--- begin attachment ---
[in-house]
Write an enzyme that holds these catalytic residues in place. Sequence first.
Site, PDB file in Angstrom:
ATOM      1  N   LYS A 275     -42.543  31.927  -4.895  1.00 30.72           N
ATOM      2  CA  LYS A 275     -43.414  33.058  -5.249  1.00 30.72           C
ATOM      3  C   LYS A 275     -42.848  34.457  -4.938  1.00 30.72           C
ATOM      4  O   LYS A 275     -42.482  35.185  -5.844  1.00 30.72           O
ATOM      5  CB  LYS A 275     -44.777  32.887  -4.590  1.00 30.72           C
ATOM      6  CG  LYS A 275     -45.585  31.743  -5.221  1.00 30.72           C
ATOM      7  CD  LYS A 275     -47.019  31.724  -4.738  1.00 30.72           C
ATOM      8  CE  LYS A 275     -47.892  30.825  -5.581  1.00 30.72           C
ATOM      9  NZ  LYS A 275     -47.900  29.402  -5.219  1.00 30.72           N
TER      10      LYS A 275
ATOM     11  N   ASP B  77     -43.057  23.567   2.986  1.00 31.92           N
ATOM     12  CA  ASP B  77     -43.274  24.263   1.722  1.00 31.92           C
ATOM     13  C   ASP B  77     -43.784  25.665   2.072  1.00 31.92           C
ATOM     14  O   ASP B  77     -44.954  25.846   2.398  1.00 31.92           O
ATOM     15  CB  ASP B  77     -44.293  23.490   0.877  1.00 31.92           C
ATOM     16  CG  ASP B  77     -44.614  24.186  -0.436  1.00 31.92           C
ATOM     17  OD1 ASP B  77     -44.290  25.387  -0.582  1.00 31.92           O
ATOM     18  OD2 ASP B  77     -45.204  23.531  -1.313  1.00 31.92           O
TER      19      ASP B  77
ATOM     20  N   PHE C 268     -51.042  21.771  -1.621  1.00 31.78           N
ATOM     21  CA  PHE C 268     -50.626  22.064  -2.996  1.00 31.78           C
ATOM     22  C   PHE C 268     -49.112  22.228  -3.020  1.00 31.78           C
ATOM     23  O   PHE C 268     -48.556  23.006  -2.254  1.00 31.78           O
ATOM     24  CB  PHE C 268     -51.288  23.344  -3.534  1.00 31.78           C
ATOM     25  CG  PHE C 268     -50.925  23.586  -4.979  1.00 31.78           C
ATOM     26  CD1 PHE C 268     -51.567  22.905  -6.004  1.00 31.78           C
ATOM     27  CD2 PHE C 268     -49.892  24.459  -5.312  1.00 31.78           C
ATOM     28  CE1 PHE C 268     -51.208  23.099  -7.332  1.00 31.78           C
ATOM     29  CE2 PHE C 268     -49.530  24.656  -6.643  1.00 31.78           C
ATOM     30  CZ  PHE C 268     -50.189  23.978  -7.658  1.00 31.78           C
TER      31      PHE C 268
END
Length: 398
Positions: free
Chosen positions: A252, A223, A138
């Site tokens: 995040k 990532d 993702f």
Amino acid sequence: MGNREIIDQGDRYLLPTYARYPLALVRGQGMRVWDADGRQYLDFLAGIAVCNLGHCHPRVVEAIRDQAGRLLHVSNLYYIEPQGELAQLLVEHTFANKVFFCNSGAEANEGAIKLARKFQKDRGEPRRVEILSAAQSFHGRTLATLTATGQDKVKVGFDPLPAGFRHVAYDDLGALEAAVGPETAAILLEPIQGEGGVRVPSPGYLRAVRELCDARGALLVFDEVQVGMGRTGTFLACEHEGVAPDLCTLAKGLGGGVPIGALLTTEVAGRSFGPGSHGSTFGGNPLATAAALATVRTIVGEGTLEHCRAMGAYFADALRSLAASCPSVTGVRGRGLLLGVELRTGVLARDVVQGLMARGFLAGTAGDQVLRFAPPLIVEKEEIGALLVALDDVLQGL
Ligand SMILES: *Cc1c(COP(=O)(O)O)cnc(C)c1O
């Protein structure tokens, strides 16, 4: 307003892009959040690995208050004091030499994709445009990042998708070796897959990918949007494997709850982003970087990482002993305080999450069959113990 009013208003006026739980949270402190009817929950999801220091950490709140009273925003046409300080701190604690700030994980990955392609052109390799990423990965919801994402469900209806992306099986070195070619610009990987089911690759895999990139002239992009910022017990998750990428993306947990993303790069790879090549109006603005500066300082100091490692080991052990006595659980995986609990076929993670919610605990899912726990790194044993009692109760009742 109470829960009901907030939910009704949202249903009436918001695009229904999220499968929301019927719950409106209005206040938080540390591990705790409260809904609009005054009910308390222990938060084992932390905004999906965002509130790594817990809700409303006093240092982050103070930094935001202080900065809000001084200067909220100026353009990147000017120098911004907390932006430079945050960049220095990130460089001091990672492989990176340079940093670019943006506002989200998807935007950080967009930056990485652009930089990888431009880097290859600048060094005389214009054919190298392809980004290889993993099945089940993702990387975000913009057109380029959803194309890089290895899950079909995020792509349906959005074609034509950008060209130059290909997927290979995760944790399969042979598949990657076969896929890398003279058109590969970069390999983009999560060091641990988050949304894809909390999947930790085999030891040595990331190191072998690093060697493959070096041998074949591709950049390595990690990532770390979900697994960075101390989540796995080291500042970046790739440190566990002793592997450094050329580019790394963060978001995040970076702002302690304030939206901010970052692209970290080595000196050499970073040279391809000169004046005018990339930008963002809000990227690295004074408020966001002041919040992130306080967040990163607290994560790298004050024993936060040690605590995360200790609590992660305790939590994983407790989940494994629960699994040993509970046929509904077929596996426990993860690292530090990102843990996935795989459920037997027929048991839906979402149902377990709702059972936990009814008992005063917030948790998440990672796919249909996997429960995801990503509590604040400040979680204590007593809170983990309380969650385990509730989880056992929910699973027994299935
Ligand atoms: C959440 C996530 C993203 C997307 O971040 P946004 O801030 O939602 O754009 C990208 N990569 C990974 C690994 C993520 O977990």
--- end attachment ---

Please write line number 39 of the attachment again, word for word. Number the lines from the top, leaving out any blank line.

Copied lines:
């Site tokens: 995040k 990532d 993702f």